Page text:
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Original Issue


Throughout his 15-year professional career, outfielder Lonnie Smith has toyed with the idea of quitting baseball. In 1975 he resigned from his Class A team for a day, and in '80 he became so frustrated with the Phillies that he left in the middle of a game, then changed his mind and returned an hour later. When Smith suddenly found himself without a job in 1987, however, it wasn't because he had quit but because baseball had given upon him.

After the Royals released him that year, Smith called almost every team in the majors, and the only one that offered him a job—and a minor league slot at that—was the Braves. "I wanted to prove that what they said about me in Kansas City wasn't true," says Smith. "Atlanta was my last and only chance. I had to make the best of it."

He has. At week's end he was leading the National League with a .441 on-base percentage, was third in slugging percentage (.579) and fourth in batting (.331). Not bad for a 33-year-old who was supposed to be washed up.

Why was Atlanta the only team to gamble on a career .289 hitter who has won World Series rings with three organizations? Smith thinks it may have something to do with his not-so-glorious past.

One night in 1982, the Phillies' mascot, the Phanatic, poked fun at Smith's reputation for supine fielding by tripping and hitting the deck. Smith, who had been traded the year before to the Cardinals, wasn't amused, and when the Phanatic got up, Smith tackled him, spraining both of the creature's ankles. The mascot tackle came during what Smith calls his "crazy years." In 1983 he spent a month in drug rehab after having been addicted to cocaine for four years. He came back and hit .321 that season, missing the batting title by two points. Since February 1986 he has been subjected to random drug-testing and has passed every test. Says Braves manager Russ Nixon, "Lonnie should be complimented as much for getting himself back together as for his baseball."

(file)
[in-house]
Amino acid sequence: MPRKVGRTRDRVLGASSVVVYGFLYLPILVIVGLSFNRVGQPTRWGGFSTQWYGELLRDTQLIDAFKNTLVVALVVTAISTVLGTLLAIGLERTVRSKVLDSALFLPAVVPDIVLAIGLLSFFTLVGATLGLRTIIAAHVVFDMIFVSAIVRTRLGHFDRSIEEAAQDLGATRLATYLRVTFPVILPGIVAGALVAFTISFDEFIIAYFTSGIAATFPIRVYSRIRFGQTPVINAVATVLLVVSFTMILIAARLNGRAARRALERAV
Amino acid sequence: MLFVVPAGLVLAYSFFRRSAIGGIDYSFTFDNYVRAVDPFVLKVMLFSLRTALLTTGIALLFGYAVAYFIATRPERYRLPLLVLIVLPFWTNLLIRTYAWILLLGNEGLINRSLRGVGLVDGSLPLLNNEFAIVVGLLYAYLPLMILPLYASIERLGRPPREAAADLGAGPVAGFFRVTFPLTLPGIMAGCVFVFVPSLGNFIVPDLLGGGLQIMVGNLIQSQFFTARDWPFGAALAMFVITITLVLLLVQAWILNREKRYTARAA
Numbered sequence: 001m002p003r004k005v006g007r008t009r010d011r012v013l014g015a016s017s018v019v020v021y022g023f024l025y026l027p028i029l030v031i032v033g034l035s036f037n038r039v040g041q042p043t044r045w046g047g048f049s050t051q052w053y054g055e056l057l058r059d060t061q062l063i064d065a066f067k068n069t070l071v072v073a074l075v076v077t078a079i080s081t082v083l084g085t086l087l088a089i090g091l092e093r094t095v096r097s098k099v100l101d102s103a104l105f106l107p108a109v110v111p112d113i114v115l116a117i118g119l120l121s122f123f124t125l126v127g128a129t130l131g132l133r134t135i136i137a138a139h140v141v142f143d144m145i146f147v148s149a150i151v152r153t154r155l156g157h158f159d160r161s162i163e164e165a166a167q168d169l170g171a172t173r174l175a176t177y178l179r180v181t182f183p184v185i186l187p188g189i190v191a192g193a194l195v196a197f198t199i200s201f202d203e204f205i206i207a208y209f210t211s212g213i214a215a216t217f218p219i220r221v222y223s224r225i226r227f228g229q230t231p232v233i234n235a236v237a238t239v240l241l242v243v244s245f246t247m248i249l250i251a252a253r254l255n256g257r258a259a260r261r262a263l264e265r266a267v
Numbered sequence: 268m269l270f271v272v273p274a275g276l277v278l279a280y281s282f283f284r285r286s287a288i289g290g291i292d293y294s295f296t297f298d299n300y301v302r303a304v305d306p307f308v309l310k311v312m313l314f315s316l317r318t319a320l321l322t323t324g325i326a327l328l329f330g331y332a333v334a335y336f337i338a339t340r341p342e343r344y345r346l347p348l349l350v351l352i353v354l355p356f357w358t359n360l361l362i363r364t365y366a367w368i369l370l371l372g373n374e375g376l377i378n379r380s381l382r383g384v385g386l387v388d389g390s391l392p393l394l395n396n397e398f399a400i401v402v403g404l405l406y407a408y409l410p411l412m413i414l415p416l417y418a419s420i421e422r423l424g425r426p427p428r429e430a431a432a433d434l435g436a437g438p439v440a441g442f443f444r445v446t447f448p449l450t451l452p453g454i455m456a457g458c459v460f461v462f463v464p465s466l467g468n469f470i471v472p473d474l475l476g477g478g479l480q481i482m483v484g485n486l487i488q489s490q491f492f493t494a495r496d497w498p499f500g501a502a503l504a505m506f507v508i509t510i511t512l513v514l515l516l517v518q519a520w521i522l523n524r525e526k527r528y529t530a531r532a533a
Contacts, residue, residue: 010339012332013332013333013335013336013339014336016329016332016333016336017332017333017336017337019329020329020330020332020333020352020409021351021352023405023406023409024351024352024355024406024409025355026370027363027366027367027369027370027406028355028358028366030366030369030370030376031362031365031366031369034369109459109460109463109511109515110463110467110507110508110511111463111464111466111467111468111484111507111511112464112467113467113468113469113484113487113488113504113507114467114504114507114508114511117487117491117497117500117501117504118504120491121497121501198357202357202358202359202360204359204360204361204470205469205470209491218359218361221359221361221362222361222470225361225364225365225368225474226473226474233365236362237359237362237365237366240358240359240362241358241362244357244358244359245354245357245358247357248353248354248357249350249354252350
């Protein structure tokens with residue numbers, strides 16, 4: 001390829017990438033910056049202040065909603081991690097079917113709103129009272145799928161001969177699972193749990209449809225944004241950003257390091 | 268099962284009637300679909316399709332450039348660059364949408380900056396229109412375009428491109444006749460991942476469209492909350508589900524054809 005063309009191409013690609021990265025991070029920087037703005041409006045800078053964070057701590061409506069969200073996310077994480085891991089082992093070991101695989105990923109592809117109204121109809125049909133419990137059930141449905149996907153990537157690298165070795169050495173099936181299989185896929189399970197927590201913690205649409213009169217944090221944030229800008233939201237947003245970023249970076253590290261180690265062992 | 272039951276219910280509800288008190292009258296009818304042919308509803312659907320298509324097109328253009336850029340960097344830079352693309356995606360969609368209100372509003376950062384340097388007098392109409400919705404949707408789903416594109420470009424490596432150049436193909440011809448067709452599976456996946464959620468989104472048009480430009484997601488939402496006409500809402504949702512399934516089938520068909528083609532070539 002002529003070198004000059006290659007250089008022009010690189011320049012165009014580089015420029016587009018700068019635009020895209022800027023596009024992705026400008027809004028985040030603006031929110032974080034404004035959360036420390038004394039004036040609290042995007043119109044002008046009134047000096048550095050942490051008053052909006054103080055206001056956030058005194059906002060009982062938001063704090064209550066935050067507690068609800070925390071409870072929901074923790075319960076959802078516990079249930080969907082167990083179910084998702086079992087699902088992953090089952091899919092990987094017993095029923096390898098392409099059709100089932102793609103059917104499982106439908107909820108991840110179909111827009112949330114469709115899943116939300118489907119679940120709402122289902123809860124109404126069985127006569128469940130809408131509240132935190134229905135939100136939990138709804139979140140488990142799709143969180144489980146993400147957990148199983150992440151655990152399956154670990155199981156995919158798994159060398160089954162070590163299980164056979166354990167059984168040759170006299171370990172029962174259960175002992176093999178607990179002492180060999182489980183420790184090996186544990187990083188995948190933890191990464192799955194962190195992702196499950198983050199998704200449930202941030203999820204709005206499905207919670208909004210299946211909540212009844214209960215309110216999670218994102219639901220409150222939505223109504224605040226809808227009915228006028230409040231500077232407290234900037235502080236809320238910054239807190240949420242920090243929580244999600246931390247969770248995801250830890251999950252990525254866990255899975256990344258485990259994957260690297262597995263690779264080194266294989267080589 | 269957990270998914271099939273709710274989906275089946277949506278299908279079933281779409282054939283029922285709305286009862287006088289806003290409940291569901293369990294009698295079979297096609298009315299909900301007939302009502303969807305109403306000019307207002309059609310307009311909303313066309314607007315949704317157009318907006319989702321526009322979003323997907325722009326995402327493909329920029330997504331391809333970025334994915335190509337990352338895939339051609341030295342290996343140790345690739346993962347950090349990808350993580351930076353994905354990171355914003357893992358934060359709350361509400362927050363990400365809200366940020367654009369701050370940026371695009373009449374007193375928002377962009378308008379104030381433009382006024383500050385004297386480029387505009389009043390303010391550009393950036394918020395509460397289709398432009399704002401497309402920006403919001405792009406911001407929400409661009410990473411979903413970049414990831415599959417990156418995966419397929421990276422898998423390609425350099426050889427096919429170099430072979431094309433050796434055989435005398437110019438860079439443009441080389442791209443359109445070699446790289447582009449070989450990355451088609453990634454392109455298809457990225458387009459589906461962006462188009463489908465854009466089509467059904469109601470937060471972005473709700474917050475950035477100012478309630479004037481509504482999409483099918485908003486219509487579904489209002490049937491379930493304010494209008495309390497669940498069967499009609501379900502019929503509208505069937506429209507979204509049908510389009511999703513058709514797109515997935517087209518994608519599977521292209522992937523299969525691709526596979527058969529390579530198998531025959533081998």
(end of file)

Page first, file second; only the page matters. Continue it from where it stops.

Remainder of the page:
It hasn't been easy. During the Braves' minor league camp last year. Smith says, "My body ached, and I threw up a lot." Shortly afterward he was assigned to the Triple A Richmond Braves and batted .300. He was called up to Atlanta at the end of July and hit .237 in 43 games. To stay in shape and avoid the pain of the previous spring, Smith played in the Puerto Rican League last winter. He was the league MVP, batting .366, with 28 steals.

He has kept up that pace this season and added some power to his repertoire. Before '89 he had hit no more than eight home runs in a major league season. This year he has already hit 16. As for his legendary laid-back approach to fielding, he has made only two errors in leftfield. In fact, he has become so fond of his unflattering nickname, Skates, that he's written it on his batting glove.

"I never thought he'd be like this," says Nixon. "Look how far he had to come." But Braves veteran infielder Darrell Evans says, "It's not a comeback. Lonnie's just someone who hadn't had an opportunity."

Smith may get a lot more opportunities offered to him when his contract expires at the end of the season. "My girlfriend asked me, 'Why don't you go somewhere else?' " he says. "But it's not about money anymore. It used to be. Now it's about being happy. And I'm as happy playing baseball here as I have ever been."



Smith's stunning season in Atlanta has wowed the fans.